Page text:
29 January 2006

There is no suitable title for this post

It's been a strange weekend to tell the truth.

I wish I could summise exactly how I feel at the moment, but I don't think I would even know where to begin. I may reach a point by the end of the post where I manage to explain my feelings, but I'm writing this as the words roll out of my head, through my hands and onto the keyboard. This is not a planned post - just straight up.

As I mentioned before, I was observing this weekend with the ambulance service. Due to other observers being out this weekend also, I went out on the FRU with a paramedic and started the day with a maternataxi call. Everything was fine and dandy - the ambulance arrived at the same time we did, and we left the expectant mother in their capable hands.

A couple more jobs, several cups of tea and a snooze in a chair later, and we get called off station to a 'female not breathing'. Age unknown, no other details. In this particular vehicle the satellite navigation screen had been stolen by some unscrupulous chav, so I was flicking through the A-Z trying to find the address. Thankfully this didn't slow us down, as we both knew the general area.

Arrival at the scene meets us with a hysterical father crying and screaming. I've never seen a man cry this way, and I knew something was desperately wrong. Tom Reynolds has discussed this in depth on his blog, and upon hearing the way that man cried in anguish, I guess I knew that the patient was a child. I'm generally a pro-active observer, and will do as I'm told if it will help, so I grabbed the monitor from the back of the car and followed the paramedic into the house. Lying in the middle of the floor was a 9 week old baby undergoing CPR from her mother. I can only presume that mum was still on the phone with the emergency call taker.

At this point I was a cold callous heartless cow. It didn't occur to me that this was a baby, or someone's child - it was just a patient in cardiac arrest. This was where my feelings were different to those of the attending paramedic.

Thankfully the ambulance was immediately behind us, as it had also been on station and left just after we did. It was decided that the tactical abandonment of the FRU was required, and we all piled into the back of the ambulance. The parents followed in the car, and everything that could be done was done. Having to do chest compressions on a baby feels perverse because the body is so small when you stand over it.

I felt like such a spare part - especially as I was being asked to do things and I just didn't know what I was doing. I'm not yet medically trained, so I don't know what some things are, or where certain things are kept. I just felt like a complete arsehole.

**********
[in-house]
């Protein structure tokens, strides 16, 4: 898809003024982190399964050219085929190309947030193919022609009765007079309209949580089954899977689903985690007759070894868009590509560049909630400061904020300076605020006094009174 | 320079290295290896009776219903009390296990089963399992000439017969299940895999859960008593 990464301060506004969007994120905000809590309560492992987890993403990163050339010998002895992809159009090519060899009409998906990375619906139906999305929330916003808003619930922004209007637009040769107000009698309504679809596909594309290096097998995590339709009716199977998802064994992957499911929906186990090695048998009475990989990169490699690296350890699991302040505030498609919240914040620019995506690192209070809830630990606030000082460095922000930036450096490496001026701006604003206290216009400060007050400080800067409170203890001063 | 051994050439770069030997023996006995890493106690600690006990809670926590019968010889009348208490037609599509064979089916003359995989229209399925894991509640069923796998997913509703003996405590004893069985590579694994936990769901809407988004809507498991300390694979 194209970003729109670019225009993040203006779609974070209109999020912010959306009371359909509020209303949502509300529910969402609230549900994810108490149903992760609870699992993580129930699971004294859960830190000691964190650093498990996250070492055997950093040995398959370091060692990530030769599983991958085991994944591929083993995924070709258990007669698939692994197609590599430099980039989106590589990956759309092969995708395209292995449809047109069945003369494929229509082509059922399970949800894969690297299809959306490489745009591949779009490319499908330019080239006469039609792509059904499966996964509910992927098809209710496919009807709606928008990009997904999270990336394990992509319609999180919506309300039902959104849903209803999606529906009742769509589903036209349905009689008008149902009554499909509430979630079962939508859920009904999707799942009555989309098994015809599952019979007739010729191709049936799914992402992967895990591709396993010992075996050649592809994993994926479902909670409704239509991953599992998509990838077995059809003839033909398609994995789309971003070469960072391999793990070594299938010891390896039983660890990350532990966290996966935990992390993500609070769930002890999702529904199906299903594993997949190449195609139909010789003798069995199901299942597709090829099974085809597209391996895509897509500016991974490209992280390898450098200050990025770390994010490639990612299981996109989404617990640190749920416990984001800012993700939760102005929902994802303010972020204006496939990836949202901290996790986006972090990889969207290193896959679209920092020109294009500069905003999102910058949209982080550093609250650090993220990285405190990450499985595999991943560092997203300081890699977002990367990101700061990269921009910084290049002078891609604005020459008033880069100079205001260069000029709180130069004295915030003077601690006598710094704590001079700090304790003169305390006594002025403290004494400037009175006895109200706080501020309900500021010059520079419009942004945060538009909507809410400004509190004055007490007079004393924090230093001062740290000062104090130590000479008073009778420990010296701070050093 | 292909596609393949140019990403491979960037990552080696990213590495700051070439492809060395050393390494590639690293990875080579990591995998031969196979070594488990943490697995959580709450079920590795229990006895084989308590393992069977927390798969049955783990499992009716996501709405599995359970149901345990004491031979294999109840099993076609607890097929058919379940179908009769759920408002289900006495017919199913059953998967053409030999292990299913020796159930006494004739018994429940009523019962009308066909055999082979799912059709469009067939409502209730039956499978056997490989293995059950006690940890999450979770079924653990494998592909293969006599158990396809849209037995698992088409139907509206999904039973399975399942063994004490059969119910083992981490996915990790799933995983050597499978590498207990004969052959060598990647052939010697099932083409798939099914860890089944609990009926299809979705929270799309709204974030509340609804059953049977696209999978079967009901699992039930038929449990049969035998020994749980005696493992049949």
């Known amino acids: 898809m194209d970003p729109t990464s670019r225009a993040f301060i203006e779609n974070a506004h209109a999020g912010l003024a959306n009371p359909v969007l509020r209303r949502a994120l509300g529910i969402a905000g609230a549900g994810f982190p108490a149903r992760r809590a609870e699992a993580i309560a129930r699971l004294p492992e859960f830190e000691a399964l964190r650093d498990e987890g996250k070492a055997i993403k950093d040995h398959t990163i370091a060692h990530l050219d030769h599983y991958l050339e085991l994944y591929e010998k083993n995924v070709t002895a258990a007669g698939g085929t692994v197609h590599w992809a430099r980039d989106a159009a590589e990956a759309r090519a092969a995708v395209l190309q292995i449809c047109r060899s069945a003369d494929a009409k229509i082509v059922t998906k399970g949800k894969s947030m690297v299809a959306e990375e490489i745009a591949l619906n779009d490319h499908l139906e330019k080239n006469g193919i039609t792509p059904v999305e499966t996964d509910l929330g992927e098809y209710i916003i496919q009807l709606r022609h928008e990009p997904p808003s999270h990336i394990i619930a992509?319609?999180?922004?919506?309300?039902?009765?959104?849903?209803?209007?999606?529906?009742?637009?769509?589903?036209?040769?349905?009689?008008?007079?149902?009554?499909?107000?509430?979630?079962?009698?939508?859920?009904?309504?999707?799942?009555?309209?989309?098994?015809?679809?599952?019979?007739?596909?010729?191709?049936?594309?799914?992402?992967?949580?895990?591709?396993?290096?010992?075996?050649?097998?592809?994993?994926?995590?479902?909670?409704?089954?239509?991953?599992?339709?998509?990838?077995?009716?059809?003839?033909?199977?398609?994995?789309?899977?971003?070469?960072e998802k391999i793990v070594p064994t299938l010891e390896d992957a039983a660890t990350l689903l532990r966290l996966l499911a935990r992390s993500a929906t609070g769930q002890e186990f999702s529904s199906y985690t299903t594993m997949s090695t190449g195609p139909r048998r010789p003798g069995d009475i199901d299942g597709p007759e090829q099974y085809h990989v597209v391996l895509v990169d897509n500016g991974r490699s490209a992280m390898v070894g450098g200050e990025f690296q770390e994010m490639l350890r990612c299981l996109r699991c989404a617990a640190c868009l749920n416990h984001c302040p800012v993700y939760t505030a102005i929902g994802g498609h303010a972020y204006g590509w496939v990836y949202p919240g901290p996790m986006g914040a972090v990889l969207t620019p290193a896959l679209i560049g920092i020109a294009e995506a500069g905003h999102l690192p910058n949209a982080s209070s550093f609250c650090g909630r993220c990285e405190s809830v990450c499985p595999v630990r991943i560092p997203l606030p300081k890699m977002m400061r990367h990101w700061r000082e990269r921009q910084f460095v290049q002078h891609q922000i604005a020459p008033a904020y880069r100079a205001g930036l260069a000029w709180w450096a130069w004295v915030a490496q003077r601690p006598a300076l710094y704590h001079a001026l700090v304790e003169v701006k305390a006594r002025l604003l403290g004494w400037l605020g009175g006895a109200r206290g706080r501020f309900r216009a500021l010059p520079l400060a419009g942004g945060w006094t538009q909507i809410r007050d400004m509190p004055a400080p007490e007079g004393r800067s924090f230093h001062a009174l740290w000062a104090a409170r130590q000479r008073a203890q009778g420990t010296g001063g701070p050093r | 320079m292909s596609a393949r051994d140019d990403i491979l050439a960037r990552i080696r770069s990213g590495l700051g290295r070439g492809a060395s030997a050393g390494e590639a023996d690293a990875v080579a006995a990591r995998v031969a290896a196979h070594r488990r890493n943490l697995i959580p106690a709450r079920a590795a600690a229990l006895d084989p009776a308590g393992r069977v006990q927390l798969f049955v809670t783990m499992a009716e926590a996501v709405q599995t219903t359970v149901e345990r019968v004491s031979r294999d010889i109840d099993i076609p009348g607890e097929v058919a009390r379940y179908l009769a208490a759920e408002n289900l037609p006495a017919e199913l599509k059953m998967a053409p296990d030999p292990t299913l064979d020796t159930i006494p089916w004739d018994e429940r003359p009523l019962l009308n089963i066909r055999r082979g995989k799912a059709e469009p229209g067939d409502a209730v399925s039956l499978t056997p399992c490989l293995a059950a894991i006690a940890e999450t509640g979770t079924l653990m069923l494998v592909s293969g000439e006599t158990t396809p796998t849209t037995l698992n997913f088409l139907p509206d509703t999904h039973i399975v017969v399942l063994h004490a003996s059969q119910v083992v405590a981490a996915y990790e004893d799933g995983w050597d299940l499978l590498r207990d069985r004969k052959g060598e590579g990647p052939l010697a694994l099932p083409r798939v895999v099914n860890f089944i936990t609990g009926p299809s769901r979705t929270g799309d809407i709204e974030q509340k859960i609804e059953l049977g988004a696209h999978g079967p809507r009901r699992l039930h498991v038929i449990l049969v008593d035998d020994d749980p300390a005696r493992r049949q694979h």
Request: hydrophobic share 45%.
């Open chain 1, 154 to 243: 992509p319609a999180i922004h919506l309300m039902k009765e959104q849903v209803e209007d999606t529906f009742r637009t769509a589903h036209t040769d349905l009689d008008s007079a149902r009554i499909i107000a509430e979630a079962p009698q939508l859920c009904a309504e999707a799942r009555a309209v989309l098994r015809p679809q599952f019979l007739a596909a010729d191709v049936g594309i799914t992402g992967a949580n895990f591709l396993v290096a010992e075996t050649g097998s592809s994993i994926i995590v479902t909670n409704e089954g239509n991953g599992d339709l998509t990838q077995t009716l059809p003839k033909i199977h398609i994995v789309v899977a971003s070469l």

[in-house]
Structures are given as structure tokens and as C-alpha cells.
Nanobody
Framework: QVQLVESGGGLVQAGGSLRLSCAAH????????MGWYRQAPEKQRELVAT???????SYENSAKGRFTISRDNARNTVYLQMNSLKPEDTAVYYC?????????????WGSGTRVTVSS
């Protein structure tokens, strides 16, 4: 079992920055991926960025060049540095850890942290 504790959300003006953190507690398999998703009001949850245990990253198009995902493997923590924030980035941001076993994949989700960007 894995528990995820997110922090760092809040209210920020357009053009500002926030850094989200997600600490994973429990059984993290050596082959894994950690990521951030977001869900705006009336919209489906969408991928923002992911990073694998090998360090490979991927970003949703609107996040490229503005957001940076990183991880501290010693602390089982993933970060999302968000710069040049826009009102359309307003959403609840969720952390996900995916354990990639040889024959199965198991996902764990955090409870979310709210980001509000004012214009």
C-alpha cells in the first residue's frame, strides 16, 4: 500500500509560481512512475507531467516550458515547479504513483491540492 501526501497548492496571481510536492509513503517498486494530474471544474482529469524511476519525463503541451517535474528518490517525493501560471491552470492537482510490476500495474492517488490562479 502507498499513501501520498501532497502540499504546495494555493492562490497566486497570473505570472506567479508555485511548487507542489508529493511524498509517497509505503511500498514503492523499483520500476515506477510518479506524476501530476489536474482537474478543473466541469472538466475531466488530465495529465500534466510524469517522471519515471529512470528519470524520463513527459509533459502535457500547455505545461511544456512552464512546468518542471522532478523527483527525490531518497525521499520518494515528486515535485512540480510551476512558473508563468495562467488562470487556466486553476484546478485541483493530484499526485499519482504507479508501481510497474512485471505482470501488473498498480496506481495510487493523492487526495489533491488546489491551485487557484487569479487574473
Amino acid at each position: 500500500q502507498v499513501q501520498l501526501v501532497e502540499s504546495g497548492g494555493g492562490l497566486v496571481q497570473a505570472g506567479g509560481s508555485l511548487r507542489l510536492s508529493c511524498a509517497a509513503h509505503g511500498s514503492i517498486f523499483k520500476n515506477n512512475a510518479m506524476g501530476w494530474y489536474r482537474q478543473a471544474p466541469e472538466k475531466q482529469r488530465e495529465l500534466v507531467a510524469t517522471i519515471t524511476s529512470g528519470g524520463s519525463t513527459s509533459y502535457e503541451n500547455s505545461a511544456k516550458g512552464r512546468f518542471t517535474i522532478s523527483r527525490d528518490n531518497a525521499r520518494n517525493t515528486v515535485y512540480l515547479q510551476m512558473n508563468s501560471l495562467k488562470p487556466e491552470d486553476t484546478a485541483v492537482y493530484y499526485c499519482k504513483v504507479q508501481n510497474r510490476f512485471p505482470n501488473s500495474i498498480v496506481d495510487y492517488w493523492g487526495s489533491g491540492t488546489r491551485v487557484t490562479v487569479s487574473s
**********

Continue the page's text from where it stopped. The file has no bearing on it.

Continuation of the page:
At this point I think the realisation dawned on me that this wasn't going to be a happy ending. Cardiac output was regained at the hospital, but the outlook was bleak for this poor soul. I understand what is meant by an anguished scream, as you could tell when the parents had arrived at the hospital by the primal sound emitted through the doors of resus. I really felt for the family, but selfishly I just felt shit for not being able to help properly. I felt guilty that I may have hindered the paramedics by not knowing my stuff. I honestly still don't know how I feel.

In true Merys style I stayed in last night and polished off several bottles of magners. This did manage to hinder my getting up this morning, and I felt like something had crawled inside my mouth and died for most of the day.

This post hasn't made me feel any better - in fact I would say I feel especially shite now for talking about it. This post may not stay on the blog for long, depending on how I feel this time tomorrow. I have the feeling that this patient will haunt me forever, no matter whether I become a paramedic or a doctor.

I'm very tired and starting to lose momentum and balance, so I'm going to call it a day before I fall down. Off to bed for a long sleep I reckon - just in time to get up for another week of thrilling lectures this week. Not sure how much I will be able to concentrate on



Anonymous said...


They wouldn't let observers out if they were going to hinder paramedics. I hope you're ok, but please don't blame yourself.


Kal said...

I completely agree with Jo and in addition, you don't get to go out on FRUs until they know and trust you.

At the end of the day, you're an observer. You has a basic role to play, to stand back and observe and if it all goes wrong, you fall back to that role.

I'm yet to 'do' my first dead kid, I know it'll fuck me up.


Tom Reynolds said...

Without this comment turning into an essay...

...everything that you are feeling is normal. You aren't a monster, you weren't in the way, and any lack of knowledge isn't your fault.

So your feelings are normal, and in a while you'll feel better - small consolation now I know.


Fuckkit said...

Mate, soooo not your fault and they very fact that you're feeling this way means you're not a cold heartless cow.

zhoen said...

Good. Feeling awful is exactly how you are supposed to feel. All deaths will stay with you, also good and normal. This is how you learn.
Good too that you did not feel it in the moment- the sure mark of a medical professional in the making. You don't panic during the crisis. You have a heart, and you can put it on hold.
Ease up on the drinking after, though. Keep it to one or two, or you will have a whole load of other issues to deal with.

thinblueline said...

Its when you dont feel like this, is when you should worry.

I have been to countless RTA's and deaths now.. each and every one gets to me...

I dont think that is a bad thing.
It makes me work harder.